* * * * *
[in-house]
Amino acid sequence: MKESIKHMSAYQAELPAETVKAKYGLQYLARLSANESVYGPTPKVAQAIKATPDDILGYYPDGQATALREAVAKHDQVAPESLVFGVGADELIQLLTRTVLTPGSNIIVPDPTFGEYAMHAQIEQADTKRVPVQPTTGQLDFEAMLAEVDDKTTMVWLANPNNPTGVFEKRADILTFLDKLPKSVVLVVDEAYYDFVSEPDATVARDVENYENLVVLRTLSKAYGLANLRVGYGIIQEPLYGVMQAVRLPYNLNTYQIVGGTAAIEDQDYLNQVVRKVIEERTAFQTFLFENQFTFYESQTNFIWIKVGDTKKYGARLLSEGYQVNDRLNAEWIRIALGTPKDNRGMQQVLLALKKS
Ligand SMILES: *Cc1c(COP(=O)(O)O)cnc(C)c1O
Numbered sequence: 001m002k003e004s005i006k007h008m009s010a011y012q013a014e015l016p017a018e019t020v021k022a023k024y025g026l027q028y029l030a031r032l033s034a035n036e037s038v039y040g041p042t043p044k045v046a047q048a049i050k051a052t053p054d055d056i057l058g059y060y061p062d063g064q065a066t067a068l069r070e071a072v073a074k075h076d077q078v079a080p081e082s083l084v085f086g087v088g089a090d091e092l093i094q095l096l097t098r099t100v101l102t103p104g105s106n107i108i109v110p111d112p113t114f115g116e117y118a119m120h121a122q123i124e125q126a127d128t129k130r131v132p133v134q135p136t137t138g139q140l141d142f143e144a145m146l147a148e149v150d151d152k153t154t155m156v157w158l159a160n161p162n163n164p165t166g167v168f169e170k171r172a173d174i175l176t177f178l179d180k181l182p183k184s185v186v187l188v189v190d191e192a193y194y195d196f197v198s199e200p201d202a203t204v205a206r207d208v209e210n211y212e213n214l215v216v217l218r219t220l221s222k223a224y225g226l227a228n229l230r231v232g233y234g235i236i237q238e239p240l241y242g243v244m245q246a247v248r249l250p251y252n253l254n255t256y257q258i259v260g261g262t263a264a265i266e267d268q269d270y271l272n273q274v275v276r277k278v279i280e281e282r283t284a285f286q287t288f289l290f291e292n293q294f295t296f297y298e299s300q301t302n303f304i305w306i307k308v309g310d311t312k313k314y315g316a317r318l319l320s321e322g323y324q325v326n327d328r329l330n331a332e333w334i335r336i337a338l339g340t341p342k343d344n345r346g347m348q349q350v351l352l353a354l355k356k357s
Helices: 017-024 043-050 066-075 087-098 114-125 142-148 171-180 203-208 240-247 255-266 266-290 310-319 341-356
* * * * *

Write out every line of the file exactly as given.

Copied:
[in-house]
Amino acid sequence: MKESIKHMSAYQAELPAETVKAKYGLQYLARLSANESVYGPTPKVAQAIKATPDDILGYYPDGQATALREAVAKHDQVAPESLVFGVGADELIQLLTRTVLTPGSNIIVPDPTFGEYAMHAQIEQADTKRVPVQPTTGQLDFEAMLAEVDDKTTMVWLANPNNPTGVFEKRADILTFLDKLPKSVVLVVDEAYYDFVSEPDATVARDVENYENLVVLRTLSKAYGLANLRVGYGIIQEPLYGVMQAVRLPYNLNTYQIVGGTAAIEDQDYLNQVVRKVIEERTAFQTFLFENQFTFYESQTNFIWIKVGDTKKYGARLLSEGYQVNDRLNAEWIRIALGTPKDNRGMQQVLLALKKS
Ligand SMILES: *Cc1c(COP(=O)(O)O)cnc(C)c1O
Numbered sequence: 001m002k003e004s005i006k007h008m009s010a011y012q013a014e015l016p017a018e019t020v021k022a023k024y025g026l027q028y029l030a031r032l033s034a035n036e037s038v039y040g041p042t043p044k045v046a047q048a049i050k051a052t053p054d055d056i057l058g059y060y061p062d063g064q065a066t067a068l069r070e071a072v073a074k075h076d077q078v079a080p081e082s083l084v085f086g087v088g089a090d091e092l093i094q095l096l097t098r099t100v101l102t103p104g105s106n107i108i109v110p111d112p113t114f115g116e117y118a119m120h121a122q123i124e125q126a127d128t129k130r131v132p133v134q135p136t137t138g139q140l141d142f143e144a145m146l147a148e149v150d151d152k153t154t155m156v157w158l159a160n161p162n163n164p165t166g167v168f169e170k171r172a173d174i175l176t177f178l179d180k181l182p183k184s185v186v187l188v189v190d191e192a193y194y195d196f197v198s199e200p201d202a203t204v205a206r207d208v209e210n211y212e213n214l215v216v217l218r219t220l221s222k223a224y225g226l227a228n229l230r231v232g233y234g235i236i237q238e239p240l241y242g243v244m245q246a247v248r249l250p251y252n253l254n255t256y257q258i259v260g261g262t263a264a265i266e267d268q269d270y271l272n273q274v275v276r277k278v279i280e281e282r283t284a285f286q287t288f289l290f291e292n293q294f295t296f297y298e299s300q301t302n303f304i305w306i307k308v309g310d311t312k313k314y315g316a317r318l319l320s321e322g323y324q325v326n327d328r329l330n331a332e333w334i335r336i337a338l339g340t341p342k343d344n345r346g347m348q349q350v351l352l353a354l355k356k357s
Helices: 017-024 043-050 066-075 087-098 114-125 142-148 171-180 203-208 240-247 255-266 266-290 310-319 341-356